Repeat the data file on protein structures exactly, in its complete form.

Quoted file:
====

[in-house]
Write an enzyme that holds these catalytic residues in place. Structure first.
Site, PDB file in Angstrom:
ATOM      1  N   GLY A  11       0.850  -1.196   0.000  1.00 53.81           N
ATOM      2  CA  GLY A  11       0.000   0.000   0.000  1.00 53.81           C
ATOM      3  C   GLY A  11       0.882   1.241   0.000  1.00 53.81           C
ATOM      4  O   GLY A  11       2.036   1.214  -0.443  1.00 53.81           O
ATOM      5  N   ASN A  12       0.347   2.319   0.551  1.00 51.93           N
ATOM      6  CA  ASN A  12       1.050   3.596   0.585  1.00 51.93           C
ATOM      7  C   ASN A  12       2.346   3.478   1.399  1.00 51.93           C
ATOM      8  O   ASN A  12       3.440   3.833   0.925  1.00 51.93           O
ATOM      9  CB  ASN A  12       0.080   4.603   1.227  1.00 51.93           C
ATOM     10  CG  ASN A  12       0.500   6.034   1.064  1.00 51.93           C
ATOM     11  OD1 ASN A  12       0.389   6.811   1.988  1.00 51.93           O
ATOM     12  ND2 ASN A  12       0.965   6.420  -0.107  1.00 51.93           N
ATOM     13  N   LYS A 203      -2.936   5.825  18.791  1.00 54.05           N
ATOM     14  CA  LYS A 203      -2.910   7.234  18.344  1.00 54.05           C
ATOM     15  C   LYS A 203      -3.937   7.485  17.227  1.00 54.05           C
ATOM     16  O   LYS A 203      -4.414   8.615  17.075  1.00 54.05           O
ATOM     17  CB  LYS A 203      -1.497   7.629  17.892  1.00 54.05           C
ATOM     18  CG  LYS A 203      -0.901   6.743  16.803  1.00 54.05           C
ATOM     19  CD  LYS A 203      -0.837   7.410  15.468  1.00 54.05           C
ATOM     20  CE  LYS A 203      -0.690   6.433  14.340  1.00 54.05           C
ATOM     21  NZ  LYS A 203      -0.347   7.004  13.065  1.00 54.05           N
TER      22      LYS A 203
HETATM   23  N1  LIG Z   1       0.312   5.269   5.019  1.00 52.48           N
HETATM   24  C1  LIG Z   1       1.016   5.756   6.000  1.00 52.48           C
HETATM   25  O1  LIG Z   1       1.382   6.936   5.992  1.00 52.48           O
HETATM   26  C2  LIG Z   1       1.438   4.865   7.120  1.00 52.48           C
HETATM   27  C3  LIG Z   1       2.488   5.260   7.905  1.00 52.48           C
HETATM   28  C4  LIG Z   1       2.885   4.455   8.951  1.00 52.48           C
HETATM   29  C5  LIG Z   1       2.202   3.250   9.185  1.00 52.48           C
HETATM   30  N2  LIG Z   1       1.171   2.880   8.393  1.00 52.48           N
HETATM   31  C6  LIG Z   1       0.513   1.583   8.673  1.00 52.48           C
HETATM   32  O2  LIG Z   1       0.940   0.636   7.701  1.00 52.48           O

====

[in-house]
Write an enzyme that holds these catalytic residues in place. Structure first.
Site, PDB file in Angstrom:
ATOM      1  N   GLY A  11       0.850  -1.196   0.000  1.00 53.81           N
ATOM      2  CA  GLY A  11       0.000   0.000   0.000  1.00 53.81           C
ATOM      3  C   GLY A  11       0.882   1.241   0.000  1.00 53.81           C
ATOM      4  O   GLY A  11       2.036   1.214  -0.443  1.00 53.81           O
ATOM      5  N   ASN A  12       0.347   2.319   0.551  1.00 51.93           N
ATOM      6  CA  ASN A  12       1.050   3.596   0.585  1.00 51.93           C
ATOM      7  C   ASN A  12       2.346   3.478   1.399  1.00 51.93           C
ATOM      8  O   ASN A  12       3.440   3.833   0.925  1.00 51.93           O
ATOM      9  CB  ASN A  12       0.080   4.603   1.227  1.00 51.93           C
ATOM     10  CG  ASN A  12       0.500   6.034   1.064  1.00 51.93           C
ATOM     11  OD1 ASN A  12       0.389   6.811   1.988  1.00 51.93           O
ATOM     12  ND2 ASN A  12       0.965   6.420  -0.107  1.00 51.93           N
ATOM     13  N   LYS A 203      -2.936   5.825  18.791  1.00 54.05           N
ATOM     14  CA  LYS A 203      -2.910   7.234  18.344  1.00 54.05           C
ATOM     15  C   LYS A 203      -3.937   7.485  17.227  1.00 54.05           C
ATOM     16  O   LYS A 203      -4.414   8.615  17.075  1.00 54.05           O
ATOM     17  CB  LYS A 203      -1.497   7.629  17.892  1.00 54.05           C
ATOM     18  CG  LYS A 203      -0.901   6.743  16.803  1.00 54.05           C
ATOM     19  CD  LYS A 203      -0.837   7.410  15.468  1.00 54.05           C
ATOM     20  CE  LYS A 203      -0.690   6.433  14.340  1.00 54.05           C
ATOM     21  NZ  LYS A 203      -0.347   7.004  13.065  1.00 54.05           N
TER      22      LYS A 203
HETATM   23  N1  LIG Z   1       0.312   5.269   5.019  1.00 52.48           N
HETATM   24  C1  LIG Z   1       1.016   5.756   6.000  1.00 52.48           C
HETATM   25  O1  LIG Z   1       1.382   6.936   5.992  1.00 52.48           O
HETATM   26  C2  LIG Z   1       1.438   4.865   7.120  1.00 52.48           C
HETATM   27  C3  LIG Z   1       2.488   5.260   7.905  1.00 52.48           C
HETATM   28  C4  LIG Z   1       2.885   4.455   8.951  1.00 52.48           C
HETATM   29  C5  LIG Z   1       2.202   3.250   9.185  1.00 52.48           C
HETATM   30  N2  LIG Z   1       1.171   2.880   8.393  1.00 52.48           N
HETATM   31  C6  LIG Z   1       0.513   1.583   8.673  1.00 52.48           C
HETATM   32  O2  LIG Z   1       0.940   0.636   7.701  1.00 52.48           O